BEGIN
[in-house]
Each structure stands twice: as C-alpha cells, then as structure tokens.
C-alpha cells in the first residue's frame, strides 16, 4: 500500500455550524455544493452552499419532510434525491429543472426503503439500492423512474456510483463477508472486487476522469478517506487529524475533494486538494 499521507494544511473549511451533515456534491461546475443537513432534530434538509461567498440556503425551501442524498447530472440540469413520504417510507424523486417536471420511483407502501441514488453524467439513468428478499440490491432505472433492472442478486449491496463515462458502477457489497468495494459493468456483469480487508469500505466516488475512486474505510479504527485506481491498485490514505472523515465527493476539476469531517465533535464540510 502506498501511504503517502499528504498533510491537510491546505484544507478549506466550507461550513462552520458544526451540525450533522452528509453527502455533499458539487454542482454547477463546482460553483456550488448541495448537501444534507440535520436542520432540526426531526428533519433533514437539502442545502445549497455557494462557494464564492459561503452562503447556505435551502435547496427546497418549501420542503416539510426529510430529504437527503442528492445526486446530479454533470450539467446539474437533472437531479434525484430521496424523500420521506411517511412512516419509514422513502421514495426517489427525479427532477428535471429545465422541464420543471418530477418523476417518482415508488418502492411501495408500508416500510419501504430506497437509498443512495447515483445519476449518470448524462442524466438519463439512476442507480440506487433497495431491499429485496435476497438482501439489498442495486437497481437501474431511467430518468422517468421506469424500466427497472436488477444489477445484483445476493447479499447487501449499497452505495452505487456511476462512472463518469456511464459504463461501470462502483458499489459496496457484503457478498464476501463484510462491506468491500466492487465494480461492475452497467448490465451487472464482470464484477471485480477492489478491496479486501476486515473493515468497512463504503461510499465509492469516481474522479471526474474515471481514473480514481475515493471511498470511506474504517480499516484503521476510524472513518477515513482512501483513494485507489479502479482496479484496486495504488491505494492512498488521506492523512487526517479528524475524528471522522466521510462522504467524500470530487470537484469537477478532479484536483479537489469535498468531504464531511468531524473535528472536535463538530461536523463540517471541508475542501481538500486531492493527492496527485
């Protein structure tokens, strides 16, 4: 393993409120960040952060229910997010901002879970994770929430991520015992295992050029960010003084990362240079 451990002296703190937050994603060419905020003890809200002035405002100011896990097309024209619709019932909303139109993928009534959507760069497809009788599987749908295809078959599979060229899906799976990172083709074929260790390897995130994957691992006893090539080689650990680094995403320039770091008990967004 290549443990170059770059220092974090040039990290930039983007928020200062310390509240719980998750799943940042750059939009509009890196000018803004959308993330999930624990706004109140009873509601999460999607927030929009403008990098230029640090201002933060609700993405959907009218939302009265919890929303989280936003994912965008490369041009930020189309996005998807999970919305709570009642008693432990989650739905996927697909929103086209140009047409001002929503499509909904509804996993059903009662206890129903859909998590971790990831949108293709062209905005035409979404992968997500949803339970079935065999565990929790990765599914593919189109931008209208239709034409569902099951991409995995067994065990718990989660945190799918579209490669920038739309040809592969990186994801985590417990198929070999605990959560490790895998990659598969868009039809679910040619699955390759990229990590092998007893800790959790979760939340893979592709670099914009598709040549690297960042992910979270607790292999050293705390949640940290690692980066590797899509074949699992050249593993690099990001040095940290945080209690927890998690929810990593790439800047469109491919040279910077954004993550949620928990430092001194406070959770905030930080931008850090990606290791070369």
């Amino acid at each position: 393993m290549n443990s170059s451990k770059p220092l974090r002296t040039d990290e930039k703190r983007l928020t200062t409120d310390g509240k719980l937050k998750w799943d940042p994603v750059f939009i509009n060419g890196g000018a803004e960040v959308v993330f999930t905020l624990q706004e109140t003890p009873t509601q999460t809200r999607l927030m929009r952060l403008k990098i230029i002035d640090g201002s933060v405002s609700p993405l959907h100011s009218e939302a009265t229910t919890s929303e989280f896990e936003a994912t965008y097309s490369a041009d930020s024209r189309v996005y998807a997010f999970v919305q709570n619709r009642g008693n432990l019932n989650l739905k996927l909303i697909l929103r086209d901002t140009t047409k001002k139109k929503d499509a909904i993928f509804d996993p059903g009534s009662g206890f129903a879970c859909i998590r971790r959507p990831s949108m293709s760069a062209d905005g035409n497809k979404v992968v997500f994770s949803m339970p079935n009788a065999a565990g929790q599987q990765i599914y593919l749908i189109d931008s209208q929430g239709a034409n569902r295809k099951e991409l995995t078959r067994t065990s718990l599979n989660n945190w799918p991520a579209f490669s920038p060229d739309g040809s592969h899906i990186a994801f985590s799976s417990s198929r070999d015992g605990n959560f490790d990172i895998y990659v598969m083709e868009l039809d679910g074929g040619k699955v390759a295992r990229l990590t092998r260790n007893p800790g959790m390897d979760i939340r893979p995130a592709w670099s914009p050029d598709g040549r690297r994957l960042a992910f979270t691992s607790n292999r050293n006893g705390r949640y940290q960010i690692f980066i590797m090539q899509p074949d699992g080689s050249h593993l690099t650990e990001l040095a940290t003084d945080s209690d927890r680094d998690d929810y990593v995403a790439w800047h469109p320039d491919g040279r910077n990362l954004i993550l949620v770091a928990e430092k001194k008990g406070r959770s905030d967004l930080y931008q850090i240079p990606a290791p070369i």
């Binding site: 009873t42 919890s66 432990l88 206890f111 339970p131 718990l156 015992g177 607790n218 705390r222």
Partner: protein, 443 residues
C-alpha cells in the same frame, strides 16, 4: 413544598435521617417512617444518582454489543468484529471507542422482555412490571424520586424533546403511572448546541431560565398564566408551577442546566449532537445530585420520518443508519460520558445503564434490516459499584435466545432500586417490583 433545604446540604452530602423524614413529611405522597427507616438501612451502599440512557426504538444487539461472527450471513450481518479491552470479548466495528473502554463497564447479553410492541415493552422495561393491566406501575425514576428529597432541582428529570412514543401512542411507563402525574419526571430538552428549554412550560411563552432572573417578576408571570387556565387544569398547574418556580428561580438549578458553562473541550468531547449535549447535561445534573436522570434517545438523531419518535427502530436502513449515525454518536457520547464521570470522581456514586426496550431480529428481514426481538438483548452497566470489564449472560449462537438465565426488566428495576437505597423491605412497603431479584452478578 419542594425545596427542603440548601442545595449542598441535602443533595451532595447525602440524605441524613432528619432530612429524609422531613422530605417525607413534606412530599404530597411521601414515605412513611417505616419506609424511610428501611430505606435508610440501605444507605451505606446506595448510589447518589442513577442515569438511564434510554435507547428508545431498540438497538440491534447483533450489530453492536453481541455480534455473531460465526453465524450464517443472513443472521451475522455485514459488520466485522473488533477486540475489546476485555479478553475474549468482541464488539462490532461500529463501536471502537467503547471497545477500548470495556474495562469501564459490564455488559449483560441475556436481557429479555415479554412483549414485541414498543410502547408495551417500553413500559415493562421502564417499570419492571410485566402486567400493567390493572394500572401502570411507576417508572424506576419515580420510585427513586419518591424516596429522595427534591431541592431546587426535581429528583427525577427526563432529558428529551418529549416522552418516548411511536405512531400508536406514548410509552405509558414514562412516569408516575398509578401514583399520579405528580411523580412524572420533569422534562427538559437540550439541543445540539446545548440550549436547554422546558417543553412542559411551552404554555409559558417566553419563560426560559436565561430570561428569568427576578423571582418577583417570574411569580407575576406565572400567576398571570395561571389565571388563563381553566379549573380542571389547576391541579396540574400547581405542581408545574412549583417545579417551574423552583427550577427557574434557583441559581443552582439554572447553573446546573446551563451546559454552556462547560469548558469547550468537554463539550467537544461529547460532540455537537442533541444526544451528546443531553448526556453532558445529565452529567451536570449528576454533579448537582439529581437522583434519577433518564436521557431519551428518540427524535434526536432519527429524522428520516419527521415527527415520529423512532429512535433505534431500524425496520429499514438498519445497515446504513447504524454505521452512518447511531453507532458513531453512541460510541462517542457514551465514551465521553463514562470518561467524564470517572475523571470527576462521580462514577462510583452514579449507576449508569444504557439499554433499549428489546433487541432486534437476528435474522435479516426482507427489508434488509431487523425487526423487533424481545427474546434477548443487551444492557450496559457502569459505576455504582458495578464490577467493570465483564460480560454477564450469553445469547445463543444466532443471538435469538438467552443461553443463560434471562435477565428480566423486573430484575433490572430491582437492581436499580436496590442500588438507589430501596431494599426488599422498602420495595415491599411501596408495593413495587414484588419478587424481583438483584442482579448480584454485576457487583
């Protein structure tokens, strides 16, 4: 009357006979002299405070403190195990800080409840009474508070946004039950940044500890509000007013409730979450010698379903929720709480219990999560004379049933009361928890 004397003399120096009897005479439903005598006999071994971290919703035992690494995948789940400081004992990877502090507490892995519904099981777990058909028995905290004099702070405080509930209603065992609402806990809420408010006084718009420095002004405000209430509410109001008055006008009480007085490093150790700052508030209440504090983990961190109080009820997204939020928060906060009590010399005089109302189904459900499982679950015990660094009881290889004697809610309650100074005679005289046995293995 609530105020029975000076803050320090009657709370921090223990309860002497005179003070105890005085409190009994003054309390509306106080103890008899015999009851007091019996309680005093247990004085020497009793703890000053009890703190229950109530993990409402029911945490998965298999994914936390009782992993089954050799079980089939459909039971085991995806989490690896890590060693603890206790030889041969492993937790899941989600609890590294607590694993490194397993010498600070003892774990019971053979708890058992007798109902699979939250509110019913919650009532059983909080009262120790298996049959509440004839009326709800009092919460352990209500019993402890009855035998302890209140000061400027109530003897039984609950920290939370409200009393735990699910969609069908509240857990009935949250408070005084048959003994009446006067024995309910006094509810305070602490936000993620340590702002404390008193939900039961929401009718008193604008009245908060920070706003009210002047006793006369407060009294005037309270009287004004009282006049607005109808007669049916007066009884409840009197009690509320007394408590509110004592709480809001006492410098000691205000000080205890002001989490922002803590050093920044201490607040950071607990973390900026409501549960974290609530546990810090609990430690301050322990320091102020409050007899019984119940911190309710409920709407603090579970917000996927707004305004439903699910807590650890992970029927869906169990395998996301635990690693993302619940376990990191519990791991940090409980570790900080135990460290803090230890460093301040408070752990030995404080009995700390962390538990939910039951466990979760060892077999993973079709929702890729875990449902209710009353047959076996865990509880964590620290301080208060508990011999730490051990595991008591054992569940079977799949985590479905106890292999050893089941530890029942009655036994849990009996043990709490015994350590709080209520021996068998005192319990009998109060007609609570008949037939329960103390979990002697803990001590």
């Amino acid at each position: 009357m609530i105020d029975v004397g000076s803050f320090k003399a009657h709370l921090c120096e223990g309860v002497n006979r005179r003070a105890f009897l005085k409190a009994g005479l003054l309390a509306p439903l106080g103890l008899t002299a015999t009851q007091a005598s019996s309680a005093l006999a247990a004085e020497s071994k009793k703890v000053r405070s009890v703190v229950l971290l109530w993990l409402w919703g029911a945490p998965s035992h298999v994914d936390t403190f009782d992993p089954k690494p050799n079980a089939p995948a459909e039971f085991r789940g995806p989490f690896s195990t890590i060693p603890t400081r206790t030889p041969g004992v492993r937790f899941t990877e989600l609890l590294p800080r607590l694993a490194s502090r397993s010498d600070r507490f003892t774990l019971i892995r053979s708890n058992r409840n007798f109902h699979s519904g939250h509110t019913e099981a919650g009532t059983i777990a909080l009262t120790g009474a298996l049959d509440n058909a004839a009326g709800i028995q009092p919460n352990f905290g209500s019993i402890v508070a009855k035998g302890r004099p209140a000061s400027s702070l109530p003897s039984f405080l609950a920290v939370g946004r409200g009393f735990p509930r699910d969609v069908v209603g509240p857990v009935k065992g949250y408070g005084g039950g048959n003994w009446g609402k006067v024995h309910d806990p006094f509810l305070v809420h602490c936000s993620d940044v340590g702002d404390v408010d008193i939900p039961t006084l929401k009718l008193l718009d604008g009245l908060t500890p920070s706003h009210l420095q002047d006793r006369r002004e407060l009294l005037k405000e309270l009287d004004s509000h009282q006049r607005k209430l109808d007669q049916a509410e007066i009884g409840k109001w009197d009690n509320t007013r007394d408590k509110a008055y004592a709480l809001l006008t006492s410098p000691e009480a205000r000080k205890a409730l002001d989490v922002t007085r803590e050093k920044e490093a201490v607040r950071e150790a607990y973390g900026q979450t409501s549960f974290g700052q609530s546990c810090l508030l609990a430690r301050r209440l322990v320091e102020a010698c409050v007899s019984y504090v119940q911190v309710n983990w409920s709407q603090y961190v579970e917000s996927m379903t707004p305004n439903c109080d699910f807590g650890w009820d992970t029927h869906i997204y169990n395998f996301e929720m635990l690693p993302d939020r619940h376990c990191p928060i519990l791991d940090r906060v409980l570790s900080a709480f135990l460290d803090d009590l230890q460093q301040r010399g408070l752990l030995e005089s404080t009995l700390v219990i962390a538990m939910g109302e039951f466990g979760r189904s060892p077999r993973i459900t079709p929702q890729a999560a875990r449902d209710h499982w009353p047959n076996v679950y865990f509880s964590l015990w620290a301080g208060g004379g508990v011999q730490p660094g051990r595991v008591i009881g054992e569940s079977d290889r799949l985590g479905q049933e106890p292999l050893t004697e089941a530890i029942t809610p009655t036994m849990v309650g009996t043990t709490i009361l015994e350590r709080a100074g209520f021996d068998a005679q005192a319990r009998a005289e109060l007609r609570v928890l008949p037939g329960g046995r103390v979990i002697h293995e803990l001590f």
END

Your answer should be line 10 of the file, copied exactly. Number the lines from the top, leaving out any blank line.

């Amino acid at each position: 009357m609530i105020d029975v004397g000076s803050f320090k003399a009657h709370l921090c120096e223990g309860v002497n006979r005179r003070a105890f009897l005085k409190a009994g005479l003054l309390a509306p439903l106080g103890l008899t002299a015999t009851q007091a005598s019996s309680a005093l006999a247990a004085e020497s071994k009793k703890v000053r405070s009890v703190v229950l971290l109530w993990l409402w919703g029911a945490p998965s035992h298999v994914d936390t403190f009782d992993p089954k690494p050799n079980a089939p995948a459909e039971f085991r789940g995806p989490f690896s195990t890590i060693p603890t400081r206790t030889p041969g004992v492993r937790f899941t990877e989600l609890l590294p800080r607590l694993a490194s502090r397993s010498d600070r507490f003892t774990l019971i892995r053979s708890n058992r409840n007798f109902h699979s519904g939250h509110t019913e099981a919650g009532t059983i777990a909080l009262t120790g009474a298996l049959d509440n058909a004839a009326g709800i028995q009092p919460n352990f905290g209500s019993i402890v508070a009855k035998g302890r004099p209140a000061s400027s702070l109530p003897s039984f405080l609950a920290v939370g946004r409200g009393f735990p509930r699910d969609v069908v209603g509240p857990v009935k065992g949250y408070g005084g039950g048959n003994w009446g609402k006067v024995h309910d806990p006094f509810l305070v809420h602490c936000s993620d940044v340590g702002d404390v408010d008193i939900p039961t006084l929401k009718l008193l718009d604008g009245l908060t500890p920070s706003h009210l420095q002047d006793r006369r002004e407060l009294l005037k405000e309270l009287d004004s509000h009282q006049r607005k209430l109808d007669q049916a509410e007066i009884g409840k109001w009197d009690n509320t007013r007394d408590k509110a008055y004592a709480l809001l006008t006492s410098p000691e009480a205000r000080k205890a409730l002001d989490v922002t007085r803590e050093k920044e490093a201490v607040r950071e150790a607990y973390g900026q979450t409501s549960f974290g700052q609530s546990c810090l508030l609990a430690r301050r209440l322990v320091e102020a010698c409050v007899s019984y504090v119940q911190v309710n983990w409920s709407q603090y961190v579970e917000s996927m379903t707004p305004n439903c109080d699910f807590g650890w009820d992970t029927h869906i997204y169990n395998f996301e929720m635990l690693p993302d939020r619940h376990c990191p928060i519990l791991d940090r906060v409980l570790s900080a709480f135990l460290d803090d009590l230890q460093q301040r010399g408070l752990l030995e005089s404080t009995l700390v219990i962390a538990m939910g109302e039951f466990g979760r189904s060892p077999r993973i459900t079709p929702q890729a999560a875990r449902d209710h499982w009353p047959n076996v679950y865990f509880s964590l015990w620290a301080g208060g004379g508990v011999q730490p660094g051990r595991v008591i009881g054992e569940s079977d290889r799949l985590g479905q049933e106890p292999l050893t004697e089941a530890i029942t809610p009655t036994m849990v309650g009996t043990t709490i009361l015994e350590r709080a100074g209520f021996d068998a005679q005192a319990r009998a005289e109060l007609r609570v928890l008949p037939g329960g046995r103390v979990i002697h293995e803990l001590f």